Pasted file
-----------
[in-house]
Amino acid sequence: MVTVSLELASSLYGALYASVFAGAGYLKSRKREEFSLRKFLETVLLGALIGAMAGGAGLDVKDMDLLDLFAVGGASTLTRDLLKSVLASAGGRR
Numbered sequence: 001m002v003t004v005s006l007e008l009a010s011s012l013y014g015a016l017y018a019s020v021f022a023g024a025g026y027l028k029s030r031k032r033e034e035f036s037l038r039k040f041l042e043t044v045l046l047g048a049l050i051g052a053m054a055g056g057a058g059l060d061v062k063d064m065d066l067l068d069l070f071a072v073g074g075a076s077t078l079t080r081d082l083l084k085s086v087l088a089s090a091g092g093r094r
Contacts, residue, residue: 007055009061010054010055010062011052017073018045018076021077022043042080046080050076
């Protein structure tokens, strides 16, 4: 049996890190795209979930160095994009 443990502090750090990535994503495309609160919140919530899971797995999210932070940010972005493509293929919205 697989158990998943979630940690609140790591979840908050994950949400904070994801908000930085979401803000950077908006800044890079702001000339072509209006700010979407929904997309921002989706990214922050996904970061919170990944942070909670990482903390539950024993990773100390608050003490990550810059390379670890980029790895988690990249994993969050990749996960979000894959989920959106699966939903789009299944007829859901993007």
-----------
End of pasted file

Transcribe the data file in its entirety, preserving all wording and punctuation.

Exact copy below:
[in-house]
Amino acid sequence: MVTVSLELASSLYGALYASVFAGAGYLKSRKREEFSLRKFLETVLLGALIGAMAGGAGLDVKDMDLLDLFAVGGASTLTRDLLKSVLASAGGRR
Numbered sequence: 001m002v003t004v005s006l007e008l009a010s011s012l013y014g015a016l017y018a019s020v021f022a023g024a025g026y027l028k029s030r031k032r033e034e035f036s037l038r039k040f041l042e043t044v045l046l047g048a049l050i051g052a053m054a055g056g057a058g059l060d061v062k063d064m065d066l067l068d069l070f071a072v073g074g075a076s077t078l079t080r081d082l083l084k085s086v087l088a089s090a091g092g093r094r
Contacts, residue, residue: 007055009061010054010055010062011052017073018045018076021077022043042080046080050076
């Protein structure tokens, strides 16, 4: 049996890190795209979930160095994009 443990502090750090990535994503495309609160919140919530899971797995999210932070940010972005493509293929919205 697989158990998943979630940690609140790591979840908050994950949400904070994801908000930085979401803000950077908006800044890079702001000339072509209006700010979407929904997309921002989706990214922050996904970061919170990944942070909670990482903390539950024993990773100390608050003490990550810059390379670890980029790895988690990249994993969050990749996960979000894959989920959106699966939903789009299944007829859901993007």